Balancing Personalization and Privacy in Retail

Balancing in RetailConsumer expectations are higher than ever. Technology innovation and a rising number of retail providers have added fuel to this fire. Heavy competition means shoppers are voting with their wallets. Crafting a retail experience that meets the customer’s needs is no small feat. The challenge for retailers is figuring out what exactly shoppers expect of them, and what consumers are willing to divulge to make that experience happen.

For many retailers, personalization currently means suggesting items based on a customer’s purchasing history. But that alone is not enough. In fact, when shoppers perceive personalization efforts as “clumsy” or “impersonal” it can actually hurt more than it helps. For example, if your automated system suggests a shopper might like a shirt in red because they just bought the same one in blue, that’s not very useful.

 A study by Virent shows that 80 percent of consumers surveyed said they like services that are personalized to their needs. However, 49 percent of U.S. consumers still say they “never” or only “sometimes” receive personalized service while they’re in a store.  On average, consumers will spend 4.7 percent more in-store when they receive better, more personalized service. This adds up to approximately $150 billion in lost revenue for retailers in 2016 just for in-store sales.

Here are the top personalization options consumer are looking for, according to Accenture:

In Store

- 82 percent welcome automatic discounts at checkout for loyalty points or coupons.

- 57 percent want real-time promotions.

- 54 percent want complimentary item suggestions.

Online

- 64 percent want the website and content optimized for their device.

- 59 percent welcome promotions for items they are considering or have waiting in their shopping cart.

Balancing in RetailFinding the Sweet Spot

Though the majority of consumers want recommendations and service that is personalized to them, there’s a fine line for how much information they are willing to share for retailers to make it happen. A report by Capgemini Consulting analyzed more than 220,000 social media conversations relating to 65 retailers. Only 14 percent of the retailers analyzed had a positive consumer sentiment on both personalization and privacy. Nearly 29 percent scored badly on both, and 57 percent scored positively on personalization but negatively on privacy. The successful 14 percent of retailers had these three things in common:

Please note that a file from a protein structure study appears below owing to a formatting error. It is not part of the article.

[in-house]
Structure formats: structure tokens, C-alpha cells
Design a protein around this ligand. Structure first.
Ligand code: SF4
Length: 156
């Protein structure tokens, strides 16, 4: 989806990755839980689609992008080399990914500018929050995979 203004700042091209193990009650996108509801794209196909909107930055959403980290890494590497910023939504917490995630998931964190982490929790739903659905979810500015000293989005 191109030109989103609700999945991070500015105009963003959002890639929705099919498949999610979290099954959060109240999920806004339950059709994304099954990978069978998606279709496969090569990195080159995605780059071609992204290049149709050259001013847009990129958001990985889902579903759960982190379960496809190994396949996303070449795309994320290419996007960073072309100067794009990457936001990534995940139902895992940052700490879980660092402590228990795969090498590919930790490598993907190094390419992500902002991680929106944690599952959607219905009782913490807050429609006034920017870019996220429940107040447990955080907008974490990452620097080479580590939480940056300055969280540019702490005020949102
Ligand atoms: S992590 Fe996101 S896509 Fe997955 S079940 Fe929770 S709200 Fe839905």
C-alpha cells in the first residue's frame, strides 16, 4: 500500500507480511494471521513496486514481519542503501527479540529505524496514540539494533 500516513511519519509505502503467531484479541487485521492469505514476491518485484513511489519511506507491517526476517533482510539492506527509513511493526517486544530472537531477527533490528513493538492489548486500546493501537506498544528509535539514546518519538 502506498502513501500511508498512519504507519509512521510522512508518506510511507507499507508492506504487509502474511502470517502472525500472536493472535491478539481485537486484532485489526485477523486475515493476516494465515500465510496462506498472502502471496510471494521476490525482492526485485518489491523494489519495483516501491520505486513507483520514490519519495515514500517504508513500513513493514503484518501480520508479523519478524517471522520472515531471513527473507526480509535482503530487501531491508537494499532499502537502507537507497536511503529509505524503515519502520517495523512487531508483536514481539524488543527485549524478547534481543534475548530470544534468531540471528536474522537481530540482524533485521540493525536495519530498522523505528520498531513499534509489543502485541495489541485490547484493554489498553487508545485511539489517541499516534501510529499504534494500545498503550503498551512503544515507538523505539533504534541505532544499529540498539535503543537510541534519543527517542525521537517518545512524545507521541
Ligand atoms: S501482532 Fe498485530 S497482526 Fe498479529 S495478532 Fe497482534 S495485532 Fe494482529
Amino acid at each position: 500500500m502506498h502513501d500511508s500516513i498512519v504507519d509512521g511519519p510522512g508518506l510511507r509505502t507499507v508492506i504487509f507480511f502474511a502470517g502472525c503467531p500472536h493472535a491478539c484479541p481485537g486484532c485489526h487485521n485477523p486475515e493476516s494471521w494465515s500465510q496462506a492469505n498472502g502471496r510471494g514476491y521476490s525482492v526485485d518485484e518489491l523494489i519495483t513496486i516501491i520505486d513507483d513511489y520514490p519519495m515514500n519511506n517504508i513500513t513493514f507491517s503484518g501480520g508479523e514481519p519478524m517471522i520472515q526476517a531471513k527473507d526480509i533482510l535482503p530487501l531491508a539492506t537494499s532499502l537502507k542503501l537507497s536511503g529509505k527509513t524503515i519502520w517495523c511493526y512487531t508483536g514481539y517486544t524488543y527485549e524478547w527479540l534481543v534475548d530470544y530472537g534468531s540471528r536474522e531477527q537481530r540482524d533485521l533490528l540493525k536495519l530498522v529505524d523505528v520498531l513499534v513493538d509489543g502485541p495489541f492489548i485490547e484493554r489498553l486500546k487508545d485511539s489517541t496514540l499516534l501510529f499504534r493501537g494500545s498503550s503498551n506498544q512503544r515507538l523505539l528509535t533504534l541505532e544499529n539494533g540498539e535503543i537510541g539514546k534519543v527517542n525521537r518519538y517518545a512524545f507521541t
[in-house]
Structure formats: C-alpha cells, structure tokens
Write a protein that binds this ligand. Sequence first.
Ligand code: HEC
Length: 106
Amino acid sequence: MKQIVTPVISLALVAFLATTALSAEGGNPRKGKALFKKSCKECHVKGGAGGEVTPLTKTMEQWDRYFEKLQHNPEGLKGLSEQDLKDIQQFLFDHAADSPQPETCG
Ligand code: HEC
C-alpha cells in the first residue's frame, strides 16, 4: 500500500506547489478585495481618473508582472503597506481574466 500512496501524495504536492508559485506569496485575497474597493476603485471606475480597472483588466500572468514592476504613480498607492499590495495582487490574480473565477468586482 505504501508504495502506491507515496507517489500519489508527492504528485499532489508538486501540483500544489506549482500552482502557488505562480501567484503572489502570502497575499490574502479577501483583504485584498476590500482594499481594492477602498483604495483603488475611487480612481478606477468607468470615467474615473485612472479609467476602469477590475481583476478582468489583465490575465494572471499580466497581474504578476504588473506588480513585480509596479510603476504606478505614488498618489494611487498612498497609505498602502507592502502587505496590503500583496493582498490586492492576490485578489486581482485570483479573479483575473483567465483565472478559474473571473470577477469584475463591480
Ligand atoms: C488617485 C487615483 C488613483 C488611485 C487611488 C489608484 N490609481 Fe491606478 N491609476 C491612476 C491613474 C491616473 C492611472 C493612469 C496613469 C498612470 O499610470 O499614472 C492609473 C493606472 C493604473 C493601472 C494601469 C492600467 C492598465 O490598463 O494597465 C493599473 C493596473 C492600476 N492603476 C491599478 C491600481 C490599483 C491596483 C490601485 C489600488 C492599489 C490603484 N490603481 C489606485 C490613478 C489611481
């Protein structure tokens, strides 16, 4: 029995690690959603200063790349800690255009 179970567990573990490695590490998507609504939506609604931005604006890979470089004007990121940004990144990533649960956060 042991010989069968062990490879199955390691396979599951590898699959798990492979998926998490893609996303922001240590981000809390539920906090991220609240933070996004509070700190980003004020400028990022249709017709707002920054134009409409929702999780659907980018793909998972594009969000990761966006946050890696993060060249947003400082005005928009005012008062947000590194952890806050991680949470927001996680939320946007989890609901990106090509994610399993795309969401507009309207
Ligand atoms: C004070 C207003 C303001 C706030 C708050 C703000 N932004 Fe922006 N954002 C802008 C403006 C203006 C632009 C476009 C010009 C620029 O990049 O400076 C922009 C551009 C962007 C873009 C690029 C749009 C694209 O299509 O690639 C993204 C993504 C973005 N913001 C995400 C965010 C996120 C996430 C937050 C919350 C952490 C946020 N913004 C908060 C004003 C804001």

1) Personalization initiatives that offer tangible value and give consumers control over their data.

2) Treat technology as a means to drive customer satisfaction, rather than as an enabler.

3) Have solid data management practices in place and proactively communicate those practices to customers.

 There was no significant difference in customer sentiment between online and brick and mortar retailers, or large or small companies, indicating successful personalization is equally attainable for any retailer.

Be Direct and Transparent

Customers won’t give you their data if they don’t know what you’re doing with it. Likewise, they won’t respond well to personalization if it’s not clear how you’re getting the information you’re using. Providing a direct value or benefit to customers in exchange for info keeps personalization efforts transparent and customer-friendly. For example, makeup and skincare companies such as Sephora and Murad have options where shoppers can enter information about their skin type to get product recommendations. StitchFix asks a lot of questions about your personal style, preferences, and size so they have a better chance of sending you apparel that fits your body type and style. Customers willingly provide detailed information because it’s clear how it will better their experience.

Put the Customer in Control

The easiest way to figure out what the customer wants is to ask them. When gathering customer data, let them opt-in to different personalization programs. Accenture reports that 88 percent of shoppers prefer to determine how their data can be used. Giving shoppers options and being clear about how and when their data will be used goes a long way in establishing trust. Allow customers to easily see, edit, add and remove information from their profile whenever they want. A transparent relationship will help ensure all your personalization efforts are well received instead of intrusive.

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